Wide receiver seems to be the Ravens' flavor of the day in the latest round of mock drafts.
Most draft analysts believe the Ravens will select a receiver with the No. 16 pick, and a common option is Western Michigan's Corey Davis.
If that happens, NFL Network's draft expert Daniel Jeremiah believes it would be a "home-run pick."
"[H]e can do everything," Jeremiah said Wednesday on a national conference call. "He can play inside, outside, he's got the size. Can he win on third down. He's great after the catch. He's been productive throughout his career. There's a long track record there."
Davis, 6-foot-3 and 213 pounds, put up monster numbers during his college career. He is the all-time leader in major college football with 5,278 career receiving yards, and he also racked up 52 touchdown grabs.
Davis dominated the Mid-American Conference, and he's considered a certain first-round pick.
"I think Corey Davis [would fit the Ravens] because he has all the qualities to be a number one receiver," NFL Network's Bucky Brooks said.
The other candidates for the draft's top receivers are Clemson's Mike Williams and Washington's John Ross. Jeremiah believes Williams will be long gone by the time Baltimore is on the board, and Brooks thinks the Ravens would be better suited with Davis than Ross.
Ross is a speed merchant, and the Ravens already have similar vertical threats in Mike Wallace and Breshad Perriman.
"They need someone who can do the dirty work, that can be a chain mover," Brooks said. "I believe Corey Davis is a guy that's better suited to play that number one role in that passing game."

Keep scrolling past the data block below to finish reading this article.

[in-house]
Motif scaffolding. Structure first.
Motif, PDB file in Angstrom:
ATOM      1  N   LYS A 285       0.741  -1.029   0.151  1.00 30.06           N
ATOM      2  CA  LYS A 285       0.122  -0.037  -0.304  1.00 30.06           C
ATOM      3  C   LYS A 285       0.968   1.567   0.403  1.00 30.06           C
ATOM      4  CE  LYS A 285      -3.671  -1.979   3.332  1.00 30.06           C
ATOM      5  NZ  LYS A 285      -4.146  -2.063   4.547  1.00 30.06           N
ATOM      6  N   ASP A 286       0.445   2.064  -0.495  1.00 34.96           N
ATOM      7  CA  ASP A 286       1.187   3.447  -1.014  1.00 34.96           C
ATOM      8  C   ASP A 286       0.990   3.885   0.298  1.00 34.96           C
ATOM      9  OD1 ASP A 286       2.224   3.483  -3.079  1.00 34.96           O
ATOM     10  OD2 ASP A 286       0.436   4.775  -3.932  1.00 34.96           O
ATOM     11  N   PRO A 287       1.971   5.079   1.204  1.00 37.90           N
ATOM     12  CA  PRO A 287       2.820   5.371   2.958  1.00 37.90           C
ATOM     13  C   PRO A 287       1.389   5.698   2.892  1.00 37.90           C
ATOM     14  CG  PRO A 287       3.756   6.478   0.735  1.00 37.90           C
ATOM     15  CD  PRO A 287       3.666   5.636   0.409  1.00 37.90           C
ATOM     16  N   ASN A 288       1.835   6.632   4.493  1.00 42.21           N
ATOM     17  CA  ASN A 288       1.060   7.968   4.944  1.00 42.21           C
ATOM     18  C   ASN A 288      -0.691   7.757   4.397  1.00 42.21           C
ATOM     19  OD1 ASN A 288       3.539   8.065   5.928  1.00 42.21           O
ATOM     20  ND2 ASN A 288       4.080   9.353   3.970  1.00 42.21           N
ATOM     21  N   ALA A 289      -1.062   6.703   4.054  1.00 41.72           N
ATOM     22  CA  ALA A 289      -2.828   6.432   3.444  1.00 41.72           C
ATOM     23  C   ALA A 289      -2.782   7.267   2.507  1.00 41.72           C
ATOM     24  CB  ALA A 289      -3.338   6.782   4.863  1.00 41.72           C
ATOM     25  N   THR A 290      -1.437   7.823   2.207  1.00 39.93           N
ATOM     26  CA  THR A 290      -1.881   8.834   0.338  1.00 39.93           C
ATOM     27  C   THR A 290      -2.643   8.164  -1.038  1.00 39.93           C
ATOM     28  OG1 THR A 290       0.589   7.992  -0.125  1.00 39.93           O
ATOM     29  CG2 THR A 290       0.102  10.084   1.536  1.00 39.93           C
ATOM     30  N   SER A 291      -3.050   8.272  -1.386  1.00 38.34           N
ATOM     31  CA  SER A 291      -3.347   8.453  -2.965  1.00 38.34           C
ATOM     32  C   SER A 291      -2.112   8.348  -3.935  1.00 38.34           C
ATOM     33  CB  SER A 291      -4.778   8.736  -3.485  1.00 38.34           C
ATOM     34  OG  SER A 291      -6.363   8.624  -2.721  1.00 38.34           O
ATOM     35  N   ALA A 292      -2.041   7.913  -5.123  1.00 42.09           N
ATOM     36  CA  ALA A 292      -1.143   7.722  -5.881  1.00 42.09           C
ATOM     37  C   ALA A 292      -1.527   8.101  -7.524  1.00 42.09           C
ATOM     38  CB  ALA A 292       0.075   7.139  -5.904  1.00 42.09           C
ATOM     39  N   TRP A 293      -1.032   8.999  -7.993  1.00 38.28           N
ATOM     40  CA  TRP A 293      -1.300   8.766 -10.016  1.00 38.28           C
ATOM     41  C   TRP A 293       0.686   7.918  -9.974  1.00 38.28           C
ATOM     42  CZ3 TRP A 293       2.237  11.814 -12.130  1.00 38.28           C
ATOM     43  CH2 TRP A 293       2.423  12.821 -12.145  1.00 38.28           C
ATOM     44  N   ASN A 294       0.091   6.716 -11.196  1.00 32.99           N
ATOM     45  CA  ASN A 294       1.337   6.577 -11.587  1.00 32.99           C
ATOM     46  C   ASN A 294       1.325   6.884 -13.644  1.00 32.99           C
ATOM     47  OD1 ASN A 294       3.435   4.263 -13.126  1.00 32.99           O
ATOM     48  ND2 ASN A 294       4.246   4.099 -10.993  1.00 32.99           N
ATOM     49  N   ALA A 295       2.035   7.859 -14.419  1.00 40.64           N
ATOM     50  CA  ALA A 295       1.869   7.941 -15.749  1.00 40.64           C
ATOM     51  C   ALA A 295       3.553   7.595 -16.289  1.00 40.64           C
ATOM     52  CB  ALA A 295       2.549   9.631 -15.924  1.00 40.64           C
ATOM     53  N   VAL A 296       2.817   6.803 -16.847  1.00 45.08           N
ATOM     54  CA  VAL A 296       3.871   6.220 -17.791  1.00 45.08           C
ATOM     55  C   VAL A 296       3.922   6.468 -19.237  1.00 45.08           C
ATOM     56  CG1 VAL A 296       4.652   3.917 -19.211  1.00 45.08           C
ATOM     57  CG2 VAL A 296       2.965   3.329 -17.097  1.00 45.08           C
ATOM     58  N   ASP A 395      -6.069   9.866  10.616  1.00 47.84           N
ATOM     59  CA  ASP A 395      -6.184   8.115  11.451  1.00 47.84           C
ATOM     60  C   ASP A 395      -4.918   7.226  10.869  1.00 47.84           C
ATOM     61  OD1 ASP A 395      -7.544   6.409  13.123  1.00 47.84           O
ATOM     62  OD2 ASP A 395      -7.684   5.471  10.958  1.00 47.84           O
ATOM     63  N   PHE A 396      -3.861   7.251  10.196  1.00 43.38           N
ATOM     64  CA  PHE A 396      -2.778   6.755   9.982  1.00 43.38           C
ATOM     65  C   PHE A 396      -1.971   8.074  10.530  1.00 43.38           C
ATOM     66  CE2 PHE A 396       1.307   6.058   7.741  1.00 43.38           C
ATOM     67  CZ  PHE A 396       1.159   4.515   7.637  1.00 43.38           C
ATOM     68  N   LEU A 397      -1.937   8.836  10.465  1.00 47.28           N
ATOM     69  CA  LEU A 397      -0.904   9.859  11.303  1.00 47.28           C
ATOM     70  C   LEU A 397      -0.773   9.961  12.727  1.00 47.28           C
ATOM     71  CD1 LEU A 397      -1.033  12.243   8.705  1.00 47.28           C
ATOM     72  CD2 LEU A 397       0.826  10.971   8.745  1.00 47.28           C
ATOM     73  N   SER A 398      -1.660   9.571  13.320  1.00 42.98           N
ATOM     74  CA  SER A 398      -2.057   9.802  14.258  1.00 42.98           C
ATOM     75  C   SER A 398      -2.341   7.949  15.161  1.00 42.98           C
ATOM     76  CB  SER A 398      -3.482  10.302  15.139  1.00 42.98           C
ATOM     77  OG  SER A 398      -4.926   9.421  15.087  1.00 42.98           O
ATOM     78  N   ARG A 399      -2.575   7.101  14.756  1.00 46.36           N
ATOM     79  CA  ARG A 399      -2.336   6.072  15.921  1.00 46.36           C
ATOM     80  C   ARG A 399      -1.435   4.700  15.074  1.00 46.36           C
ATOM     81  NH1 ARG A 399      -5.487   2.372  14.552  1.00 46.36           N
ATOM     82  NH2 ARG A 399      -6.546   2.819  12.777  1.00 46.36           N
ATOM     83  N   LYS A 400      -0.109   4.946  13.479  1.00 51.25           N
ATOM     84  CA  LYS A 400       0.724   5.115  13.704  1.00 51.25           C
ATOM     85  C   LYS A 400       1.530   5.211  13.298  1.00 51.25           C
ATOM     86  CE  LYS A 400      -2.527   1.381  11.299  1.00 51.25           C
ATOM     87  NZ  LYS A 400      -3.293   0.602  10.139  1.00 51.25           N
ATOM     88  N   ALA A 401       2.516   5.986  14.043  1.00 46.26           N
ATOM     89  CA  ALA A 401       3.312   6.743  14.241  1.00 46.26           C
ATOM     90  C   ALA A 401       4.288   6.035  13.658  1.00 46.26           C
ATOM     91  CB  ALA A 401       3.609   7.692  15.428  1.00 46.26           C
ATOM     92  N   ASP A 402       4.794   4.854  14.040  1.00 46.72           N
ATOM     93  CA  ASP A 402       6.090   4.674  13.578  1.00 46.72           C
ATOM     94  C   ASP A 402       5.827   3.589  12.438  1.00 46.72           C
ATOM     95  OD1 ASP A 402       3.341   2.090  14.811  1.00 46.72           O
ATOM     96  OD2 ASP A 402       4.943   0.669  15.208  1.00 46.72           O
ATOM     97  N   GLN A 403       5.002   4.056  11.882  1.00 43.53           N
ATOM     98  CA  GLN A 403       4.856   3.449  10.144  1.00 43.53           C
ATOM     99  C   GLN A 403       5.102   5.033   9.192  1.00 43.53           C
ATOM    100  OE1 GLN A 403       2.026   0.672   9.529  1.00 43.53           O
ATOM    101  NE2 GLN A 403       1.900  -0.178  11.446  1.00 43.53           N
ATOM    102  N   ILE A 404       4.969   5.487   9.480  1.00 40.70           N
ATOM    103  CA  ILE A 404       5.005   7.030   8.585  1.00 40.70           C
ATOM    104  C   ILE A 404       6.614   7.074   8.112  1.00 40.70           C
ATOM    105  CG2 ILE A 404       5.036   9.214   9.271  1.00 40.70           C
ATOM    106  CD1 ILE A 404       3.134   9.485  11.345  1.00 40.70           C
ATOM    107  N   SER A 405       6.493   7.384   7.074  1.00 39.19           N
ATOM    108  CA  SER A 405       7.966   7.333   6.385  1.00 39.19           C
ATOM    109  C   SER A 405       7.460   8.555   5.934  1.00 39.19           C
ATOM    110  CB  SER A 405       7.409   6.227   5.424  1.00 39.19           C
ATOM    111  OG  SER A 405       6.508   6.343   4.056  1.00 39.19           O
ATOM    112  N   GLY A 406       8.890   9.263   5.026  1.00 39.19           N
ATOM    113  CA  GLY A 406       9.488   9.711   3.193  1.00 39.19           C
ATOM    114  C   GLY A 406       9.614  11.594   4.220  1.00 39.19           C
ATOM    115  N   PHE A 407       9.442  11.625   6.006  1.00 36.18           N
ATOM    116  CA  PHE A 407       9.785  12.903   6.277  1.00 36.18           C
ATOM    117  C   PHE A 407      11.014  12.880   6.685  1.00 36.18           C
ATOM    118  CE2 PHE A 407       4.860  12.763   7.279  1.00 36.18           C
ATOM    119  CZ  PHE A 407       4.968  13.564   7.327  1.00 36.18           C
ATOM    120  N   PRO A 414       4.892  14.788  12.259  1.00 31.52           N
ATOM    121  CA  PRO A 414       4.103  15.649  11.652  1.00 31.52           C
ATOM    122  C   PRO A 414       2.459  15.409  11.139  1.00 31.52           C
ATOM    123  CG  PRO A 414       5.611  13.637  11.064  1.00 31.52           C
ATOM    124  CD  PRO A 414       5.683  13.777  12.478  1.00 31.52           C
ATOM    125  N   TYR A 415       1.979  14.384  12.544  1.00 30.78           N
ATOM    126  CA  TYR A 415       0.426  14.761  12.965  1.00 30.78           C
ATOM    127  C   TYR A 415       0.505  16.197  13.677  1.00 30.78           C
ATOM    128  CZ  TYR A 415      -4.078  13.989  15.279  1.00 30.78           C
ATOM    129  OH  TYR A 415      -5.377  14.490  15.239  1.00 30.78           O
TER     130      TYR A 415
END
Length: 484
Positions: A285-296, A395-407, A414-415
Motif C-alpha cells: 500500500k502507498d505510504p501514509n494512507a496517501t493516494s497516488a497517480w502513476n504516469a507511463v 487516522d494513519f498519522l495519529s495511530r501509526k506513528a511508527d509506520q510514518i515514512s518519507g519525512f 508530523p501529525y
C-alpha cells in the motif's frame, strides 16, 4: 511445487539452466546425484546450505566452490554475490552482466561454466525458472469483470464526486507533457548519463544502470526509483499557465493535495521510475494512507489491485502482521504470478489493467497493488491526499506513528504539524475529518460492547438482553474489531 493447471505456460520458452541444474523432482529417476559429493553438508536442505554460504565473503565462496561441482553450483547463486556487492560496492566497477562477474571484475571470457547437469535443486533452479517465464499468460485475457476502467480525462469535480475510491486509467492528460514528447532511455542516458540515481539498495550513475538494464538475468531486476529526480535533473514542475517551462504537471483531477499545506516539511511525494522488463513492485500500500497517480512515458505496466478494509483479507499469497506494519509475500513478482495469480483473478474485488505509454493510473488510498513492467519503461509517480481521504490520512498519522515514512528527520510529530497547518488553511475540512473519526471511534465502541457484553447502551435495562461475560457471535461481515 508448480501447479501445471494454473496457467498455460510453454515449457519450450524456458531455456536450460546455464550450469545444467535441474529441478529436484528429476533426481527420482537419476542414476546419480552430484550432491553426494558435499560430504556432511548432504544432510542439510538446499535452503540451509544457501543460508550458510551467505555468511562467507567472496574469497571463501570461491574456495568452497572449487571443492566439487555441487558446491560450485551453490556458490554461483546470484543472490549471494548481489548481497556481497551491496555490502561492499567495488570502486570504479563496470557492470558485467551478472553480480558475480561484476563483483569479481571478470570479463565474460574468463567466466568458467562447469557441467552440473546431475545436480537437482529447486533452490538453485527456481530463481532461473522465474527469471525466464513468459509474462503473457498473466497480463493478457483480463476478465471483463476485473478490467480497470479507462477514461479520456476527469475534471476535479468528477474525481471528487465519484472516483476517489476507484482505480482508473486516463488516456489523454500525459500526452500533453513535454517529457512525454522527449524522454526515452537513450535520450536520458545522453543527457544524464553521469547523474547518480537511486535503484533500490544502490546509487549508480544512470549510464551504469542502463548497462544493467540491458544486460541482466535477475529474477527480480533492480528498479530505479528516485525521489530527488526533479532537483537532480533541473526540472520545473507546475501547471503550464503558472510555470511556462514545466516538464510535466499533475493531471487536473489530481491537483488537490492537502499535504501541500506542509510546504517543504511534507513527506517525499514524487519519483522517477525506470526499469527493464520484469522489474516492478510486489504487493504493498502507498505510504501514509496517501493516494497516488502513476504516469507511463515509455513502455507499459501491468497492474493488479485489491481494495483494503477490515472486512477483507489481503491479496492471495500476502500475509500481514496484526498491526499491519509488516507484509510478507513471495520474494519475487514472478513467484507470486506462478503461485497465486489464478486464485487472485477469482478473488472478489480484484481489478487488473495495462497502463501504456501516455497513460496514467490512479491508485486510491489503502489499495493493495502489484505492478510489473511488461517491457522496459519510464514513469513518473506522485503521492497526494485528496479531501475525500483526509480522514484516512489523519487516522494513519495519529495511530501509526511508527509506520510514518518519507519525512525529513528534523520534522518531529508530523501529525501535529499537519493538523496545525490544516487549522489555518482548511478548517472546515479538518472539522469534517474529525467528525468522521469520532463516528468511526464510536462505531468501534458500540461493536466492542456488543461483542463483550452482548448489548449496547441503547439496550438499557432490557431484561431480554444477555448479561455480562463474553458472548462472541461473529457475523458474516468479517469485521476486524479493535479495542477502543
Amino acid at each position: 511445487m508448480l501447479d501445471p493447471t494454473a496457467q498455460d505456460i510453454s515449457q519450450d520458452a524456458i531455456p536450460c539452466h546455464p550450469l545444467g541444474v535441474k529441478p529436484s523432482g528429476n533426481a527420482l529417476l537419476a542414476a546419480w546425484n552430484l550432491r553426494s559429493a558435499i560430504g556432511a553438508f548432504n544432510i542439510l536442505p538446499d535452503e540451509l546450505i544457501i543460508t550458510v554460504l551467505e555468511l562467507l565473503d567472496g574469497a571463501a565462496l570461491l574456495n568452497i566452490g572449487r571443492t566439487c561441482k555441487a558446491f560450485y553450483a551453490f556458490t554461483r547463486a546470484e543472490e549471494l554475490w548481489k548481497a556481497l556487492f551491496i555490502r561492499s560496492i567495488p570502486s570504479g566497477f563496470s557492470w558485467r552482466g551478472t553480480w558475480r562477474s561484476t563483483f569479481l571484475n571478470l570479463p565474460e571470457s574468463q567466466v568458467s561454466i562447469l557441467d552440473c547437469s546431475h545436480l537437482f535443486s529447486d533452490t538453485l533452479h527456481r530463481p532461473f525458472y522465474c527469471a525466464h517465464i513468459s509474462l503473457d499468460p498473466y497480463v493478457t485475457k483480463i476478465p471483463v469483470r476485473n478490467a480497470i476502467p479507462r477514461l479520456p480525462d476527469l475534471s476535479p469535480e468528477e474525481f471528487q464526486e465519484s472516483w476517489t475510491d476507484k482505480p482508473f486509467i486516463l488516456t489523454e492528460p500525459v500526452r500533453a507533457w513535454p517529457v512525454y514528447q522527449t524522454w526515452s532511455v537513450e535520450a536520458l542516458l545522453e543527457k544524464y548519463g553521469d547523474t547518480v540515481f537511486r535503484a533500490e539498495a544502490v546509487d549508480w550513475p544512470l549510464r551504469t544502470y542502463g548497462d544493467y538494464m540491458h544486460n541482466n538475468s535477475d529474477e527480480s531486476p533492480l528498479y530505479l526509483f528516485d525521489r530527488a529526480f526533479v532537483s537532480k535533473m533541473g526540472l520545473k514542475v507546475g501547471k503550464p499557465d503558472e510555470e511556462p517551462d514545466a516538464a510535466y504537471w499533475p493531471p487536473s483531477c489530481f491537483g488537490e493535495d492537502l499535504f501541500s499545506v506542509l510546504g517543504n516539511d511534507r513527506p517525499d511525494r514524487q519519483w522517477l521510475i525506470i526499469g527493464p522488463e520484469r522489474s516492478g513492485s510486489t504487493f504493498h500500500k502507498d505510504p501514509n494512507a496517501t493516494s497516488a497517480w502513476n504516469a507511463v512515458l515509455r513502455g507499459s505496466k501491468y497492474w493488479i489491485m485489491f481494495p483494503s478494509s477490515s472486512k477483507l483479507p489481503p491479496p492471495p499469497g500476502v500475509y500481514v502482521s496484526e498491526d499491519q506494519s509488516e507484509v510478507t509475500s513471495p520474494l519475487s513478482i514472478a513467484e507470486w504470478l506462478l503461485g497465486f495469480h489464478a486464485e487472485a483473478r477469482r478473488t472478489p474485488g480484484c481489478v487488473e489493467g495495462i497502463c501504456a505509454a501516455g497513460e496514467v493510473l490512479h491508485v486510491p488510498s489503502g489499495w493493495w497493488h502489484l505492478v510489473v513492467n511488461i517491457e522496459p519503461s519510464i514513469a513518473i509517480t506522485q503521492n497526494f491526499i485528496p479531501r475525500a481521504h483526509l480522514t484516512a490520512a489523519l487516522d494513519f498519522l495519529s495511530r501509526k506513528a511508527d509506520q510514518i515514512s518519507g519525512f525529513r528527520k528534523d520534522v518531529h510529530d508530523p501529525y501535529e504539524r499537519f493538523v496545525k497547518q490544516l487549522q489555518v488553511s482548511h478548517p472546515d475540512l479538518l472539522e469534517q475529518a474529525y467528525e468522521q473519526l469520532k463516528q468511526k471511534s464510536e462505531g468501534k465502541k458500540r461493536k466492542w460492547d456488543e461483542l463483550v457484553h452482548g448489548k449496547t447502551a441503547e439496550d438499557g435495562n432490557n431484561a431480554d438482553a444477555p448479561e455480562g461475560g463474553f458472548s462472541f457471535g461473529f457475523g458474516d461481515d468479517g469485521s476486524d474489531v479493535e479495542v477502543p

Jeremiah, a former Ravens scout, knows first-hand how General Manager Ozzie Newsome has been searching for a young No. 1 receiver, and he believes Davis could be that player.
Perhaps the biggest uncertainty with Davis is his health. He suffered an ankle injury training during the pre-draft process and had to undergo surgery, which has shelved him for the last couple of months. He hasn't run the 40-yard dash in front of NFL scouts, so teams don't have a gauge of exactly how fast he is.
"Corey Davis is a little bit of a wild card because he hasn't been able to do anything with his injury," Jeremiah said.
Davis also must overcome the stigma of playing in a smaller college conference. While Williams starred for Clemson on the way to a national championship, Davis was playing significantly lesser competition.
But the Ravens are well aware that the NFL is full of players who have successfully made the jump from smaller college conferences. They are reminded of that fact twice a season when going up against Steelers star receiver Antonio Brown, a product of the MAC's Central Michigan.
Now the Ravens may have their chance to find their own star receiver from the MAC.
"I think Corey Davis, if you're looking at most likely to be there and would be a good fit, that would be my choice," Jeremiah said.